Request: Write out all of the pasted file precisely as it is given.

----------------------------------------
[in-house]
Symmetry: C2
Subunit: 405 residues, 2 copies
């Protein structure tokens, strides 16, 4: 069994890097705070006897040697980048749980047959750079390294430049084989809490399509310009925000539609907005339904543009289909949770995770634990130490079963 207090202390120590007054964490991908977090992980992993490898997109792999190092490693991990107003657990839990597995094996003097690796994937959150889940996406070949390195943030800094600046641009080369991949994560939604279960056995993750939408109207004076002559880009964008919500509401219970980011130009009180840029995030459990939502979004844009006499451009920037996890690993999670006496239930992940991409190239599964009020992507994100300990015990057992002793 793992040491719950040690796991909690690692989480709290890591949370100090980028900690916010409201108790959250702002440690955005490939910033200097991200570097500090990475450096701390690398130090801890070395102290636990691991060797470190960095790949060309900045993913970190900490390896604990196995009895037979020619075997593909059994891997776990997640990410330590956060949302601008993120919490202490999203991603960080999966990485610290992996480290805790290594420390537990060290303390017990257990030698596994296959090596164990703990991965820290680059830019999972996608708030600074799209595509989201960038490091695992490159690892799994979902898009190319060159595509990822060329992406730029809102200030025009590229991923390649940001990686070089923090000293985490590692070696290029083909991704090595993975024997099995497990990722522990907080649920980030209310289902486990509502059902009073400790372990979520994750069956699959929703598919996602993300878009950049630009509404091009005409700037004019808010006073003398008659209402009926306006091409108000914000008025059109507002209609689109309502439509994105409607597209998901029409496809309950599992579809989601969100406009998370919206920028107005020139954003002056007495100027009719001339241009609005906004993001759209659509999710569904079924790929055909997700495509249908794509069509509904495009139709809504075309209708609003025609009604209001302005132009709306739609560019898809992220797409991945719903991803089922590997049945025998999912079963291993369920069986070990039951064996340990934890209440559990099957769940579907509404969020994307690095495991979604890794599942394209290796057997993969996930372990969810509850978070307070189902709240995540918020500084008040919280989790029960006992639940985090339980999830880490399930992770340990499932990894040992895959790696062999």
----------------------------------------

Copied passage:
[in-house]
Symmetry: C2
Subunit: 405 residues, 2 copies
């Protein structure tokens, strides 16, 4: 069994890097705070006897040697980048749980047959750079390294430049084989809490399509310009925000539609907005339904543009289909949770995770634990130490079963 207090202390120590007054964490991908977090992980992993490898997109792999190092490693991990107003657990839990597995094996003097690796994937959150889940996406070949390195943030800094600046641009080369991949994560939604279960056995993750939408109207004076002559880009964008919500509401219970980011130009009180840029995030459990939502979004844009006499451009920037996890690993999670006496239930992940991409190239599964009020992507994100300990015990057992002793 793992040491719950040690796991909690690692989480709290890591949370100090980028900690916010409201108790959250702002440690955005490939910033200097991200570097500090990475450096701390690398130090801890070395102290636990691991060797470190960095790949060309900045993913970190900490390896604990196995009895037979020619075997593909059994891997776990997640990410330590956060949302601008993120919490202490999203991603960080999966990485610290992996480290805790290594420390537990060290303390017990257990030698596994296959090596164990703990991965820290680059830019999972996608708030600074799209595509989201960038490091695992490159690892799994979902898009190319060159595509990822060329992406730029809102200030025009590229991923390649940001990686070089923090000293985490590692070696290029083909991704090595993975024997099995497990990722522990907080649920980030209310289902486990509502059902009073400790372990979520994750069956699959929703598919996602993300878009950049630009509404091009005409700037004019808010006073003398008659209402009926306006091409108000914000008025059109507002209609689109309502439509994105409607597209998901029409496809309950599992579809989601969100406009998370919206920028107005020139954003002056007495100027009719001339241009609005906004993001759209659509999710569904079924790929055909997700495509249908794509069509509904495009139709809504075309209708609003025609009604209001302005132009709306739609560019898809992220797409991945719903991803089922590997049945025998999912079963291993369920069986070990039951064996340990934890209440559990099957769940579907509404969020994307690095495991979604890794599942394209290796057997993969996930372990969810509850978070307070189902709240995540918020500084008040919280989790029960006992639940985090339980999830880490399930992770340990499932990894040992895959790696062999």